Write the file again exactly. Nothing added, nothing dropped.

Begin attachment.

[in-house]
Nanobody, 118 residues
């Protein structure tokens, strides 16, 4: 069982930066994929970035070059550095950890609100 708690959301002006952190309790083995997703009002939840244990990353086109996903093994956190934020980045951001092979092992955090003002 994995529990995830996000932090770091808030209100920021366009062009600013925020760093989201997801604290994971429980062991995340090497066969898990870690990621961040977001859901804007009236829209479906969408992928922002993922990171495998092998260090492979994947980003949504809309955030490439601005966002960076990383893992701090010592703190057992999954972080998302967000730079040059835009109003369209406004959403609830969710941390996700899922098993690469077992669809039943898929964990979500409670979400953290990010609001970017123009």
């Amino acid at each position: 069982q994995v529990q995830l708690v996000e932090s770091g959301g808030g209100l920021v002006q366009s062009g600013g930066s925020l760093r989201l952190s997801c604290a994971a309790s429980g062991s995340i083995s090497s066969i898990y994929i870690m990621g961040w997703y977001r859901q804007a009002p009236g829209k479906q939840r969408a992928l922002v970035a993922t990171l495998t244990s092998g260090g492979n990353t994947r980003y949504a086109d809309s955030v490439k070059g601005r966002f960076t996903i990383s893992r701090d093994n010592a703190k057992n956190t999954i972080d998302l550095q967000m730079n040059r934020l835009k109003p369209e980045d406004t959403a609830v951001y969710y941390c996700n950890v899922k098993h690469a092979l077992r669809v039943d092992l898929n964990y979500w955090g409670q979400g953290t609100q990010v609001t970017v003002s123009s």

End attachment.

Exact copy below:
[in-house]
Nanobody, 118 residues
């Protein structure tokens, strides 16, 4: 069982930066994929970035070059550095950890609100 708690959301002006952190309790083995997703009002939840244990990353086109996903093994956190934020980045951001092979092992955090003002 994995529990995830996000932090770091808030209100920021366009062009600013925020760093989201997801604290994971429980062991995340090497066969898990870690990621961040977001859901804007009236829209479906969408992928922002993922990171495998092998260090492979994947980003949504809309955030490439601005966002960076990383893992701090010592703190057992999954972080998302967000730079040059835009109003369209406004959403609830969710941390996700899922098993690469077992669809039943898929964990979500409670979400953290990010609001970017123009």
């Amino acid at each position: 069982q994995v529990q995830l708690v996000e932090s770091g959301g808030g209100l920021v002006q366009s062009g600013g930066s925020l760093r989201l952190s997801c604290a994971a309790s429980g062991s995340i083995s090497s066969i898990y994929i870690m990621g961040w997703y977001r859901q804007a009002p009236g829209k479906q939840r969408a992928l922002v970035a993922t990171l495998t244990s092998g260090g492979n990353t994947r980003y949504a086109d809309s955030v490439k070059g601005r966002f960076t996903i990383s893992r701090d093994n010592a703190k057992n956190t999954i972080d998302l550095q967000m730079n040059r934020l835009k109003p369209e980045d406004t959403a609830v951001y969710y941390c996700n950890v899922k098993h690469a092979l077992r669809v039943d092992l898929n964990y979500w955090g409670q979400g953290t609100q990010v609001t970017v003002s123009s």